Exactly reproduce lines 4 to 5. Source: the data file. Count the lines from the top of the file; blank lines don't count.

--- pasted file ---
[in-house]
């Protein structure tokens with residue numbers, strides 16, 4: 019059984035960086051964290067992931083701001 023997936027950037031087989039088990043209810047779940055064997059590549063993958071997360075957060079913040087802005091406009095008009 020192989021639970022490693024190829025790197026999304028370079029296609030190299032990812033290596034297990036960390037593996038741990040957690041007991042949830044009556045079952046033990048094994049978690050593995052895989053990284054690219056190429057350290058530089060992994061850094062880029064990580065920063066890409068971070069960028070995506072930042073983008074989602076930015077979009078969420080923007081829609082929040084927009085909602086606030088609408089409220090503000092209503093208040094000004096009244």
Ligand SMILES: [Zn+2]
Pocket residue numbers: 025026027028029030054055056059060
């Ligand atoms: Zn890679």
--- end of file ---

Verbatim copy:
Pocket residue numbers: 025026027028029030054055056059060
């Ligand atoms: Zn890679």